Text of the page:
Salespeople fall into 4 categories

How to classify your salespeoples ability

How to classify your salespeople's ability.

 

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Salespeople fall into 4 categories

© 2006  David Peterson 

Do you have some salespeople on your staff that may not hit their sales goals? Why is it that some people make telemarketing sales (telesales) look so simple and others just cannot get it? Some people crush their goals month after month. Others struggle to hit their goals. Finally some salespeople cannot even put up minimal numbers.

I clearly subscribe to the doctrine that salespeople can be trained to sell. To me selling is a science that can be taught. Great salespeople also have some artistic ability they bring to the table. However, you do not have to be “born to sell.” 

You hear it all the time: “He was born to sell.” “She is a natural salesperson.” I agree that some people have the natural ability to sell just like some athletes have the natural ability to play baseball or soccer.


The rest of the sales population that does not have that natural ability has to be taught to sell. They have to be taught how to give themselves the opportunity to sell. I firmly believe that most salespeople can be taught. It is the job of the sales manager or sales supervisor to teach these employees the sales process.

Sales people come into your organization with different skill sets. The better sales representatives will know how to set a sale up. They give themselves the opportunity to sell. You have to identify each person’s skill set before you can design your sales training for each individual. 

Salespeople fall into these 4 categories:

1. D-Players: Some sales representatives will not get off the ground with your organization. These people will fail. In fact they should not have been hired for this sales position. There is not a whole lot you can do about it. Once you identify one of these people you should steer them to another profession. Not everyone can play golf and not everyone can sell either. I hate to be rude but you need to exit these people out of your business quickly before they drag you and your sales numbers down.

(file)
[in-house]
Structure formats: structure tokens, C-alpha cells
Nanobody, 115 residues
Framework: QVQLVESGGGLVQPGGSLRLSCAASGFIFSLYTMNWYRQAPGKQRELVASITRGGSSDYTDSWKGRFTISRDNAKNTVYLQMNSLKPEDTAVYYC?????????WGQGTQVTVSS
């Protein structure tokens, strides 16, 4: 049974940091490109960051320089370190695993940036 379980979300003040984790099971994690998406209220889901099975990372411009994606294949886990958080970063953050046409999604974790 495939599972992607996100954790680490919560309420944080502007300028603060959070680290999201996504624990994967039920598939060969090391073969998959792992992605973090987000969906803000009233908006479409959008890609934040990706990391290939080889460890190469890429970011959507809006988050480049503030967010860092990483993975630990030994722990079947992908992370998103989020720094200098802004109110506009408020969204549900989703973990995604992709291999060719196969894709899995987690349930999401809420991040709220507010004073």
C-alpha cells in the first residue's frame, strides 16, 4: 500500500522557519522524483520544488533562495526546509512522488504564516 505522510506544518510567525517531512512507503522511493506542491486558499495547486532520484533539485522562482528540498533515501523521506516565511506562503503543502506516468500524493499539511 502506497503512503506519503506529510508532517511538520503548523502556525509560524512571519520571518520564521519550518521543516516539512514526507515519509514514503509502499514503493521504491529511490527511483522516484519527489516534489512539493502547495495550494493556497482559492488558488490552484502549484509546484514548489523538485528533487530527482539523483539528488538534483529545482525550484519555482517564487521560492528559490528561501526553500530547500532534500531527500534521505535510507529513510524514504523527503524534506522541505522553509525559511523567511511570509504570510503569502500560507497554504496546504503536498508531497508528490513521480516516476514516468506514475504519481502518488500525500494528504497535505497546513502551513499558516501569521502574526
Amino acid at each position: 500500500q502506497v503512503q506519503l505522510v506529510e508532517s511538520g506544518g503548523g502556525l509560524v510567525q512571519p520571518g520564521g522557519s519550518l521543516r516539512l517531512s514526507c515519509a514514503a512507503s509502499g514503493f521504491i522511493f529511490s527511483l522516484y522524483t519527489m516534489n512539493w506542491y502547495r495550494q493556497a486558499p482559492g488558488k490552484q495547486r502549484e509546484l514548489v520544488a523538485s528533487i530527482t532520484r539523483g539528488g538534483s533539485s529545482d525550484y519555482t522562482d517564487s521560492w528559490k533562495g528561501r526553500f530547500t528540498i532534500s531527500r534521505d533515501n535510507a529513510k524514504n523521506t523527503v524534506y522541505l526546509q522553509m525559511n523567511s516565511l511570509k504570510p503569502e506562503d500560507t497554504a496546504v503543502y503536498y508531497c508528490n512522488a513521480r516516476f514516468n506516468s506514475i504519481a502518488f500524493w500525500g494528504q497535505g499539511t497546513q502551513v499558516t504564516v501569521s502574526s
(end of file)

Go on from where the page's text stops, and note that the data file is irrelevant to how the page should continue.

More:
2. C-Players: There are some representatives that are always teetering on failing. One month they will hit their sales goal. The next month they will miss the goal. Most C-Players can be taught the sales process. They can become B-Players if they have the aptitude to learn, are willing to learn and have the right attitude. Historically as a sales manager if I cannot get this group of C-Players to the B-level within a few months I will exit them out of the business as well. I exit this group out of the business because I have an ever-increasing sales budget that I have to hit. Month after month, year after year my number typically goes up – not down. If I don’t hit my number I don’t get paid! If I have even one C-Player on my team that means that some other representative has to pick up the slack. ALL of my C-Players will be new employees. You do not get to waste six months of my time with my constant coaching and training and not produce. Sorry – I have a number to hit.

3. B-Players: The vast majority of your representatives will be just hitting their assigned sales numbers or slightly above. These people are usually very content in their jobs. B-Players always hit their sales goals but rarely blow the numbers out in a particular month. They are typically content with the amount of money that they are making. It is this group of people that can have the greatest amount of impact on your departmental sales numbers. They typically are the vast majority of your representatives. (If they are not the vast majority of your representatives you need to start looking at your sales managers.) Only a few B-Players will actually move to the next level. Fat and Happy best describes this group of salespeople.

4. A-Players. This segment of sales representatives always exceeds their assigned sales goals. They can completely blow through a goal for months on end. They also stimulate the B-Players by showing them that there are more sales that can be made. These people have a solid effect on your sales number but they are usually too few in numbers to pull up the overall departmental sales goal. Money is not always a motivator here. The desire to be the best, or the desire to crush a sales goal can be just as motivating as money. A good portion of this group will still be selling 20 years from now. Sales give them the opportunity to be great at something everyday of every year.

In order to setup a sales training you have to classify your 
representatives into categories so you know what you have or what direction need to proceed. You can’t design departmental sales training or even one-on-one coaching without knowing whom you are dealing with. 

Classify your representatives into one of the categories above. It will make an immediate impact on your business because you will be able to identify what you need to do to make your overall goal more achievable.

Sincerely,

David Peterson

David Peterson

Author of: 

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